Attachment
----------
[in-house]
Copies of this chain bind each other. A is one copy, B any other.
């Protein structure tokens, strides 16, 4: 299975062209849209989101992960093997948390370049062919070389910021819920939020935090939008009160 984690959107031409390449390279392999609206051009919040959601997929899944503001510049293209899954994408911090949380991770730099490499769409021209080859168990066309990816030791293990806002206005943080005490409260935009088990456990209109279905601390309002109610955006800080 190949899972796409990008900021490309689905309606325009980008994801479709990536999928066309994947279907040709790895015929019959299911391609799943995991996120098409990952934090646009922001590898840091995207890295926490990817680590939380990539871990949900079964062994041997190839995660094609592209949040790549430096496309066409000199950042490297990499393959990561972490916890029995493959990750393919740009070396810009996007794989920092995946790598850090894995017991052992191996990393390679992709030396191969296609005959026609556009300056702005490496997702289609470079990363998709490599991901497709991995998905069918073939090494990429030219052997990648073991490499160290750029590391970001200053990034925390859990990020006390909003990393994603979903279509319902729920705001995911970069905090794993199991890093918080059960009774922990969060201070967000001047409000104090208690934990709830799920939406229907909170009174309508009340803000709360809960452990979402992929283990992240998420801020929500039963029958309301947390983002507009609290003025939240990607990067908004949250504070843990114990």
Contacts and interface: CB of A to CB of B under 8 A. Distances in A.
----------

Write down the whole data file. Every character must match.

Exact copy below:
[in-house]
Copies of this chain bind each other. A is one copy, B any other.
């Protein structure tokens, strides 16, 4: 299975062209849209989101992960093997948390370049062919070389910021819920939020935090939008009160 984690959107031409390449390279392999609206051009919040959601997929899944503001510049293209899954994408911090949380991770730099490499769409021209080859168990066309990816030791293990806002206005943080005490409260935009088990456990209109279905601390309002109610955006800080 190949899972796409990008900021490309689905309606325009980008994801479709990536999928066309994947279907040709790895015929019959299911391609799943995991996120098409990952934090646009922001590898840091995207890295926490990817680590939380990539871990949900079964062994041997190839995660094609592209949040790549430096496309066409000199950042490297990499393959990561972490916890029995493959990750393919740009070396810009996007794989920092995946790598850090894995017991052992191996990393390679992709030396191969296609005959026609556009300056702005490496997702289609470079990363998709490599991901497709991995998905069918073939090494990429030219052997990648073991490499160290750029590391970001200053990034925390859990990020006390909003990393994603979903279509319902729920705001995911970069905090794993199991890093918080059960009774922990969060201070967000001047409000104090208690934990709830799920939406229907909170009174309508009340803000709360809960452990979402992929283990992240998420801020929500039963029958309301947390983002507009609290003025939240990607990067908004949250504070843990114990």
Contacts and interface: CB of A to CB of B under 8 A. Distances in A.